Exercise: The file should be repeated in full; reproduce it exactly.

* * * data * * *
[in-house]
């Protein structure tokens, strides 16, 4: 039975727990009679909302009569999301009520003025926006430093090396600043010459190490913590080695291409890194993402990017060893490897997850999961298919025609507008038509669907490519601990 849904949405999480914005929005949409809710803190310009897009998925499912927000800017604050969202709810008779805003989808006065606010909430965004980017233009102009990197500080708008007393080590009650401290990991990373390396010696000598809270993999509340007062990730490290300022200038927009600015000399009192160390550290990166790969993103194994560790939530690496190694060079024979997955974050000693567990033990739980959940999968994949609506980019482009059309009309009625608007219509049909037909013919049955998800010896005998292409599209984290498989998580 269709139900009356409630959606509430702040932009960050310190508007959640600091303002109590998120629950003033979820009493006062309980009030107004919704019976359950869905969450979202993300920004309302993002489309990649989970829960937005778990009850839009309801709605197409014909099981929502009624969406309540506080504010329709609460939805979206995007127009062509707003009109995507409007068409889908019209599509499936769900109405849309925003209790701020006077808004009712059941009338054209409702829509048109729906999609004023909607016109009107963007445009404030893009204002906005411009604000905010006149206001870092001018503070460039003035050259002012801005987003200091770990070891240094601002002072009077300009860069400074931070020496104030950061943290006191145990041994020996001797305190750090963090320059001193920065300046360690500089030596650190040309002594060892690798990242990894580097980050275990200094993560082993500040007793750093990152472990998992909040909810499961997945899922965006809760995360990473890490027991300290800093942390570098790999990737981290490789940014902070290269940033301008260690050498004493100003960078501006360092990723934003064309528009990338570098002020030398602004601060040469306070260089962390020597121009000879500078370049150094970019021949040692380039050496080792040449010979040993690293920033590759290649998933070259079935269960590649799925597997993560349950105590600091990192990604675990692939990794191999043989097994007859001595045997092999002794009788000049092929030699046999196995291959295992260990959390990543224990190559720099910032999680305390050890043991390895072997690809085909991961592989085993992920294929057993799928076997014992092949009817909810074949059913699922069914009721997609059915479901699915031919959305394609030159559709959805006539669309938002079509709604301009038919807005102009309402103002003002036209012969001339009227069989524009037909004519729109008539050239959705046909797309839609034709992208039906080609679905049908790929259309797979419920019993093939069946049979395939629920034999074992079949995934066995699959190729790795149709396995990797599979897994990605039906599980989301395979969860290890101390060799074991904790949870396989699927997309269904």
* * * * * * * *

[in-house]
């Protein structure tokens, strides 16, 4: 039975727990009679909302009569999301009520003025926006430093090396600043010459190490913590080695291409890194993402990017060893490897997850999961298919025609507008038509669907490519601990 849904949405999480914005929005949409809710803190310009897009998925499912927000800017604050969202709810008779805003989808006065606010909430965004980017233009102009990197500080708008007393080590009650401290990991990373390396010696000598809270993999509340007062990730490290300022200038927009600015000399009192160390550290990166790969993103194994560790939530690496190694060079024979997955974050000693567990033990739980959940999968994949609506980019482009059309009309009625608007219509049909037909013919049955998800010896005998292409599209984290498989998580 269709139900009356409630959606509430702040932009960050310190508007959640600091303002109590998120629950003033979820009493006062309980009030107004919704019976359950869905969450979202993300920004309302993002489309990649989970829960937005778990009850839009309801709605197409014909099981929502009624969406309540506080504010329709609460939805979206995007127009062509707003009109995507409007068409889908019209599509499936769900109405849309925003209790701020006077808004009712059941009338054209409702829509048109729906999609004023909607016109009107963007445009404030893009204002906005411009604000905010006149206001870092001018503070460039003035050259002012801005987003200091770990070891240094601002002072009077300009860069400074931070020496104030950061943290006191145990041994020996001797305190750090963090320059001193920065300046360690500089030596650190040309002594060892690798990242990894580097980050275990200094993560082993500040007793750093990152472990998992909040909810499961997945899922965006809760995360990473890490027991300290800093942390570098790999990737981290490789940014902070290269940033301008260690050498004493100003960078501006360092990723934003064309528009990338570098002020030398602004601060040469306070260089962390020597121009000879500078370049150094970019021949040692380039050496080792040449010979040993690293920033590759290649998933070259079935269960590649799925597997993560349950105590600091990192990604675990692939990794191999043989097994007859001595045997092999002794009788000049092929030699046999196995291959295992260990959390990543224990190559720099910032999680305390050890043991390895072997690809085909991961592989085993992920294929057993799928076997014992092949009817909810074949059913699922069914009721997609059915479901699915031919959305394609030159559709959805006539669309938002079509709604301009038919807005102009309402103002003002036209012969001339009227069989524009037909004519729109008539050239959705046909797309839609034709992208039906080609679905049908790929259309797979419920019993093939069946049979395939629920034999074992079949995934066995699959190729790795149709396995990797599979897994990605039906599980989301395979969860290890101390060799074991904790949870396989699927997309269904």